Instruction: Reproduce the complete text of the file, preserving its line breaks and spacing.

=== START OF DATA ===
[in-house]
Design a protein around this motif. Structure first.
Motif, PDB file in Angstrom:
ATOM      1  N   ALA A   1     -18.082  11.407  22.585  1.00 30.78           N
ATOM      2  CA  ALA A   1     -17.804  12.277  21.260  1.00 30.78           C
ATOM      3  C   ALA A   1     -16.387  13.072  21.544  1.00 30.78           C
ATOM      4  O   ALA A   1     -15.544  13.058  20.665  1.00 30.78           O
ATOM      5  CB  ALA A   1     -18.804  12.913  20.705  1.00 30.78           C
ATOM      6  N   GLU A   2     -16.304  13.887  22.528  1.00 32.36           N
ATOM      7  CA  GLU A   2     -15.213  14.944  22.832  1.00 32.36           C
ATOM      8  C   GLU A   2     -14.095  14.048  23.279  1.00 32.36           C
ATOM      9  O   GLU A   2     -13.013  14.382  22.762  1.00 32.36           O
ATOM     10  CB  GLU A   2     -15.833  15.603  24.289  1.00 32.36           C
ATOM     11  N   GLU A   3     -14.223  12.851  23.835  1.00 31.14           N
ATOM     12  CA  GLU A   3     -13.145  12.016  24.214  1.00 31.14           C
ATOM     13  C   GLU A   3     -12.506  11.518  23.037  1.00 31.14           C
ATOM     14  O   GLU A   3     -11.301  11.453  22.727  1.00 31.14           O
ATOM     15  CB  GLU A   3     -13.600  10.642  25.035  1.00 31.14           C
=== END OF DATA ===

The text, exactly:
[in-house]
Design a protein around this motif. Structure first.
Motif, PDB file in Angstrom:
ATOM      1  N   ALA A   1     -18.082  11.407  22.585  1.00 30.78           N
ATOM      2  CA  ALA A   1     -17.804  12.277  21.260  1.00 30.78           C
ATOM      3  C   ALA A   1     -16.387  13.072  21.544  1.00 30.78           C
ATOM      4  O   ALA A   1     -15.544  13.058  20.665  1.00 30.78           O
ATOM      5  CB  ALA A   1     -18.804  12.913  20.705  1.00 30.78           C
ATOM      6  N   GLU A   2     -16.304  13.887  22.528  1.00 32.36           N
ATOM      7  CA  GLU A   2     -15.213  14.944  22.832  1.00 32.36           C
ATOM      8  C   GLU A   2     -14.095  14.048  23.279  1.00 32.36           C
ATOM      9  O   GLU A   2     -13.013  14.382  22.762  1.00 32.36           O
ATOM     10  CB  GLU A   2     -15.833  15.603  24.289  1.00 32.36           C
ATOM     11  N   GLU A   3     -14.223  12.851  23.835  1.00 31.14           N
ATOM     12  CA  GLU A   3     -13.145  12.016  24.214  1.00 31.14           C
ATOM     13  C   GLU A   3     -12.506  11.518  23.037  1.00 31.14           C
ATOM     14  O   GLU A   3     -11.301  11.453  22.727  1.00 31.14           O
ATOM     15  CB  GLU A   3     -13.600  10.642  25.035  1.00 31.14           C